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Expert tips for designing and planting a border

Val Bourne / 20 May 2016

Award-winning gardeners share their tips for designing and planting a flower border.

Matthew Wilson's show garden at Chelsea 2015
Matthew Wilson's show garden at Chelsea 2015

Combining plants in a border is a real skill. The best place to find inspiration is in the show gardens at Chelsea. We asked six top designers exhibiting this year to reveal their fresh, new planting styles.

The show gardens at the RHS Chelsea Flower Show are sometimes dismissed as mere pastiches, but look more carefully and you’ll find inspiration all around you. Successful garden designers have a knack of creating captivating plant combinations, ones that you can copy in your own garden.

Motifs such as the peony ‘Buckeye Belle’, used so effectively with bronze fennel, blue irises and salvia by the Italian designer Luciano Giubbilei in the 2009 Laurent Perrier Garden, have been repeated again and again. And there are always new plants at Chelsea, as well as old favourites.

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Jekka McVicar

Signature planting style

‘It’s always 100% herbs and I always use splashes of red and purple foliage to make the greens shine a bit brighter.’

A favourite combination

‘An irresistible, sexy mixture containing jagged silver cardoon foliage (Cynara cardunculus), mingling with feathery bronze fennel (Foeniculum vulgare ‘Purpureum’) and underplanted with purple sage (Salvia officinalis ‘Purpurascens’). Fennel flowers and pollen taste of aniseed, so cooks and chefs adore them.’

Jekka McVicar’s top tip

‘Always add a touch of red to your planting schemes, rather as Turner did to his moody seascapes, because it gives the other colours perspective. I often use the bright-red nasturtium ‘Empress of India’, which has edible leaves and flowers.’

Garden design spotlight: A Modern Apothecary

‘For my St John's Hospice garden 'A Modern Apothecary' instead of a traditional lawn I made an edible herb ley in a semi-shaded part of the garden under hawthorn trees. I used chicory (Cichorium intybus), salad burnet (Sanguisorba minor) and yarrow (Achillea millefolium) to create a textured planting that can be picked and eaten. You could do this in a container, or in a small herb garden.’

Jekka McVicar's tips for growing herbs

Cleve West

Signature planting style

Great attention is given to creating atmosphere with drifts of plants chosen for texture, shape and form, rather than flower alone. There are always umbellifers and self-seeders, some of them unusual, to soften the planting.

A favourite combination

‘I like any combination that suggests a wild habitat and I deliberately group together plants that enjoy the same conditions. Last year I used drought-tolerant plants in gravel and worked with a pink poppy (Papaver dubium subsp. lecoqii var. ‘Albiflorum’) that I’d seen at Great Dixter. Pinks can be difficult, but it worked well with a tomato-red California poppy (Eschscholzia ‘Red Chief’). There were tiny pinpoints of fiery colour among the delicate pink poppies.’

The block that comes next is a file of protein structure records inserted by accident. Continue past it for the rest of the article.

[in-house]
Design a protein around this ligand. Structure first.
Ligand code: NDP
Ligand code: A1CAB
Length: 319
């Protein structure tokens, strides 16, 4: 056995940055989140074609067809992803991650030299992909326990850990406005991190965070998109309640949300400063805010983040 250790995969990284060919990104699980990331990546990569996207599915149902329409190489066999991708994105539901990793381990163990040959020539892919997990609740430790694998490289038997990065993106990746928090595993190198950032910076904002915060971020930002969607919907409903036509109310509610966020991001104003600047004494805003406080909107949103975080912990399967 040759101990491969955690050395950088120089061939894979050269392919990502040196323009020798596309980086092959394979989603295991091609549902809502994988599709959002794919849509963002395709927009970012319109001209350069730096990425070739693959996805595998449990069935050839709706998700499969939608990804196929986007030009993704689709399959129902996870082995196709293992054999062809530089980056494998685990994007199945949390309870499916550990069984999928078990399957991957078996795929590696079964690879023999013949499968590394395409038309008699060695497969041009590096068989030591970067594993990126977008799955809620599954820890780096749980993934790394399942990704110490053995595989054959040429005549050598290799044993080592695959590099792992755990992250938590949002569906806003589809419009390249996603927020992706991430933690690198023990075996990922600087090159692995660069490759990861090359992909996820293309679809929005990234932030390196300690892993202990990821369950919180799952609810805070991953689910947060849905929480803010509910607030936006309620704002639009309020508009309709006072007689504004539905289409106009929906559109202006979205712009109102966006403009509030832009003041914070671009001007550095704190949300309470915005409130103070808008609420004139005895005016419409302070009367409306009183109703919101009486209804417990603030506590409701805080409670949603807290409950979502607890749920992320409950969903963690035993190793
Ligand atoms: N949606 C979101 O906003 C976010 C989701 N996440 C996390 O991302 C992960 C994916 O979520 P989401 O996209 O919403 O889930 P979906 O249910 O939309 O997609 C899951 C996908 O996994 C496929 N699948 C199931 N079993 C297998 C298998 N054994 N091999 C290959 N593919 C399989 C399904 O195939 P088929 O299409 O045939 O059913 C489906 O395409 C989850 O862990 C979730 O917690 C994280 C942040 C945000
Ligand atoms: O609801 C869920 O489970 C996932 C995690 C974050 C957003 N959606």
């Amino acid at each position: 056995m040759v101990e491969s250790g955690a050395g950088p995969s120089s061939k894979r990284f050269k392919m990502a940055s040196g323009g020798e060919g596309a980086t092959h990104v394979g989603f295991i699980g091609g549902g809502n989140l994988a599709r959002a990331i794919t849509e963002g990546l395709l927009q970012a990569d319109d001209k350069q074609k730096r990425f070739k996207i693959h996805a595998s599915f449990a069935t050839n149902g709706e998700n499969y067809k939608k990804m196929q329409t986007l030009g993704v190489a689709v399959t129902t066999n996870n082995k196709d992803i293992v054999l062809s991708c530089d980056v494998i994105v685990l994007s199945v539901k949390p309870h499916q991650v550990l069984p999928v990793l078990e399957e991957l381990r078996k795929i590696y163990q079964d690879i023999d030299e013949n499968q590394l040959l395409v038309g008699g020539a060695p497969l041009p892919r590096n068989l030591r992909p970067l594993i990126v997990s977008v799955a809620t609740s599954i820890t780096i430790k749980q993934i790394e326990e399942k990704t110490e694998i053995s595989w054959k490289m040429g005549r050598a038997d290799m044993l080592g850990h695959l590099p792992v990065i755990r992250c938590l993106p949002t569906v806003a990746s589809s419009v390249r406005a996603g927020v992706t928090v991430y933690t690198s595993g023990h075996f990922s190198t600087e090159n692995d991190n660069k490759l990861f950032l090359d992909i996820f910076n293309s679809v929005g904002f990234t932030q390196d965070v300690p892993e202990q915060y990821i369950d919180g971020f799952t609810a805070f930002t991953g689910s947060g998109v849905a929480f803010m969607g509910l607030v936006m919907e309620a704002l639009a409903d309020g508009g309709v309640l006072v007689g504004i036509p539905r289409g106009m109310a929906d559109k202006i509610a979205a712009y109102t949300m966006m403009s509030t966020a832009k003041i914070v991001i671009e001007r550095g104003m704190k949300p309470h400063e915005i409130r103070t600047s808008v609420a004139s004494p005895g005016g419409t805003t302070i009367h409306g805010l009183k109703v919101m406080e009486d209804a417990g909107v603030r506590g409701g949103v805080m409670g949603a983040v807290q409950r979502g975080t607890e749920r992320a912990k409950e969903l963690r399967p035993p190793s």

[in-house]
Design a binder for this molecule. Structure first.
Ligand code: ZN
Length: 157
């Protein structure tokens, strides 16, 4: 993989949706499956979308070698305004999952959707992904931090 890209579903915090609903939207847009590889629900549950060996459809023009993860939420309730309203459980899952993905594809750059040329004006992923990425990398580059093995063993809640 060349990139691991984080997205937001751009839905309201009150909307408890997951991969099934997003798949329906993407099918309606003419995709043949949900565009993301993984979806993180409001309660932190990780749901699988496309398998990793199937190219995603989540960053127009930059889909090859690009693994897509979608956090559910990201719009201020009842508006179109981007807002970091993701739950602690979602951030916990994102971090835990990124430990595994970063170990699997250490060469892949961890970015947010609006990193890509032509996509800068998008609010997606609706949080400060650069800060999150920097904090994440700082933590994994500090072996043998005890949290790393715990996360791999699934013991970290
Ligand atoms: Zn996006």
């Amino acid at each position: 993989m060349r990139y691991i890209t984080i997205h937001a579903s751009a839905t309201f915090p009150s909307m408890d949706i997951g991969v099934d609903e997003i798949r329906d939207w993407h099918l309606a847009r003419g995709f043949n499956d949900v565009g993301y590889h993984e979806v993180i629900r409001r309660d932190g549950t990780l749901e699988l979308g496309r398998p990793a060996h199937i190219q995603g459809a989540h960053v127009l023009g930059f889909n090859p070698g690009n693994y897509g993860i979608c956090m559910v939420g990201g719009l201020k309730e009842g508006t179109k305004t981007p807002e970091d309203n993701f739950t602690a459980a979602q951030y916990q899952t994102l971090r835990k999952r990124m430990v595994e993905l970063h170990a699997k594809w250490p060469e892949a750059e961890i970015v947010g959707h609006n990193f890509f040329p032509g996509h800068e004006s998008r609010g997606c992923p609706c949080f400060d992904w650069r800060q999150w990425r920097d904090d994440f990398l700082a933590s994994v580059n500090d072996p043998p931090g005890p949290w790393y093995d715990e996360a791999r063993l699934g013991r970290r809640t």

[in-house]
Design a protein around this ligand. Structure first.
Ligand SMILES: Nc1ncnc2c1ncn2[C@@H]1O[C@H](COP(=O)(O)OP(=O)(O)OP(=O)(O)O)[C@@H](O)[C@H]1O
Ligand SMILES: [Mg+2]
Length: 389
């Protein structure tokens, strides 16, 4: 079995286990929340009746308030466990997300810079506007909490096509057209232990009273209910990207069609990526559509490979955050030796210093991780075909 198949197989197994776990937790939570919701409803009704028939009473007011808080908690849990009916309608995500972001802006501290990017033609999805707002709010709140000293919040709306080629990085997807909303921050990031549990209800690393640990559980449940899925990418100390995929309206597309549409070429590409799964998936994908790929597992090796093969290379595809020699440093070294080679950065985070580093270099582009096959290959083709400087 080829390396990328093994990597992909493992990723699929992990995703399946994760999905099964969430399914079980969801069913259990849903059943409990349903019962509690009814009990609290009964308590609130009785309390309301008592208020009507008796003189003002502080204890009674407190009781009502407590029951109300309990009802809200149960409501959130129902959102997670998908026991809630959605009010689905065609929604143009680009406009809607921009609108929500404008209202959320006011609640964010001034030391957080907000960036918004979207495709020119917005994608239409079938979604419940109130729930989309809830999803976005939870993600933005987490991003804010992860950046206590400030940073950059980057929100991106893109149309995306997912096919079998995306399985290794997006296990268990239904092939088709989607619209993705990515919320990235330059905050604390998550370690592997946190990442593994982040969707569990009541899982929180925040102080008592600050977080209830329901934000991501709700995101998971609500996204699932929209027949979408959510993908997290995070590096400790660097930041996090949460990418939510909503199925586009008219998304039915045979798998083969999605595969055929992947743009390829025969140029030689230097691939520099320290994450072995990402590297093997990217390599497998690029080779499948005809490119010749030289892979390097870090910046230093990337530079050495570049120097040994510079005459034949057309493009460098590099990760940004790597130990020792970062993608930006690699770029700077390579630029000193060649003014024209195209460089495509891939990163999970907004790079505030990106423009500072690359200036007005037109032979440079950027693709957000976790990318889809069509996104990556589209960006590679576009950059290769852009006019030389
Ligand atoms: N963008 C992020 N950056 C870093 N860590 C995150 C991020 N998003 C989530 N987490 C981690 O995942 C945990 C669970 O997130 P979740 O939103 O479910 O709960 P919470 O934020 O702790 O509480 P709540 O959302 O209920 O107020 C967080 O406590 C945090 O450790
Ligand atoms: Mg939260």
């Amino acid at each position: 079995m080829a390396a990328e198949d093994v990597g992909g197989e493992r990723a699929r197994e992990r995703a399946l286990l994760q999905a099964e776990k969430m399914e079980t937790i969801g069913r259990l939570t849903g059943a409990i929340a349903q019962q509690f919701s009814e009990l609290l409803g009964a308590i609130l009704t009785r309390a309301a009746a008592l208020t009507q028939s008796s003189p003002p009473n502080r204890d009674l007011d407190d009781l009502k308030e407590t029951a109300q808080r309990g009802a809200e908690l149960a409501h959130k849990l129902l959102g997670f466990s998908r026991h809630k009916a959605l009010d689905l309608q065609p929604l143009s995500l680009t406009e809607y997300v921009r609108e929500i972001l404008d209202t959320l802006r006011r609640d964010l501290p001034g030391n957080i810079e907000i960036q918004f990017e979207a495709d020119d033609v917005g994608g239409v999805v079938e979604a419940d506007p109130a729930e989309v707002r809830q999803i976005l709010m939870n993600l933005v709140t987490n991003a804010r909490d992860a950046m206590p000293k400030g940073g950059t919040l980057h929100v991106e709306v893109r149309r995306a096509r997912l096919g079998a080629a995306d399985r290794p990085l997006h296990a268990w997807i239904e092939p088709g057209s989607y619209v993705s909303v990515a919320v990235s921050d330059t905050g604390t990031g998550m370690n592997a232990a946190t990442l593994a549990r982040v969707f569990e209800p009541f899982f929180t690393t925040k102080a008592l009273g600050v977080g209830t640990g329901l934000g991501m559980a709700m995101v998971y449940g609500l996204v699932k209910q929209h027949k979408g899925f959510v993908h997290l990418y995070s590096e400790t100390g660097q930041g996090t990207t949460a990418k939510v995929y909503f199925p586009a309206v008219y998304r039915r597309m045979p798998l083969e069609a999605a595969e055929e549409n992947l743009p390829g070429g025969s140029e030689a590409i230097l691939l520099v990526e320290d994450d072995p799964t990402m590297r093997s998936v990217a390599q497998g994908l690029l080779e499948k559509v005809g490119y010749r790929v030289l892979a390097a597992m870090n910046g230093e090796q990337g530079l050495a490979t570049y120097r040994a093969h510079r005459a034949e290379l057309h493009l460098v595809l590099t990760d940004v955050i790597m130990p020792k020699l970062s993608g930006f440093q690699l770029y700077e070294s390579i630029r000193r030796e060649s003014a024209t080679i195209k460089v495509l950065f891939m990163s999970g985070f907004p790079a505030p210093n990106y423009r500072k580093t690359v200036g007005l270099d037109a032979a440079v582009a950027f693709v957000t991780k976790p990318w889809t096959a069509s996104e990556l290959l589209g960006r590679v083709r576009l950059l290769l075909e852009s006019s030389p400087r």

Cleve West’s top tip

‘Don’t be frightened to use more of the same thing to create a texture or a foil. Eryngium giganteum ‘Silver Ghost’ looks far bolder and more architectural when framed by a swirl of Calamintha nepeta subsp. nepeta ‘Blue Cloud’, for instance, than on its own.’

Garden design spotlight: M&G Garden 2016

‘For the 2016 M&G Garden I used a strong acanthus, the white-flowered ‘Rue Ledan’, with a toning green and white grass, Melica altissima ‘Alba’, as a foil. I added Epimedium ‘Amanagowa’, a dark-leaved epimedium with dainty blush-white flowers smudged in squid ink. Pallid yellow aquilegias (A. chrysantha ‘Yellow Queen’) and a sylph-like foxglove called Digitalis lutea add touches of light and shade.’

Cleve West's allotment guide

Matthew Wilson

Signature planting style

Handsome and rugged with a backbone of foliage and fine trees.

A favourite plant combination

‘I like touches of pure drama and last year I used a group of soaring white foxtail lilies (Eremurus himalaicus), above an early summer tapestry of deep-blue Salvia x sylvestris ‘Mainacht’ to contrast with the acid-yellow Euphorbia ‘Redwing’. A fine-tined grass (Festuca amethystine) picked up the colour of the euphorbia foliage and added lots of airy movement.’

Matthew Wilson’s top tip

‘Grasses with fine foliage add a long-term, airy presence and unite any scheme.’

Garden design spotlight: God's Own Country

Matthew, almost an honorary Yorkshireman, having been the Curator of Harlow Carr Garden near Harrogate for several years, used York Minster as his inspiration for God's Own Country, sponsored by Welcome to Yorkshire. Local stone pillars and gargoyles were loaned from historic sites, while some of the more vivid planting mimicing the colours in the Minster’s Great East Window, the largest single expanse of medieval stained glass in the world.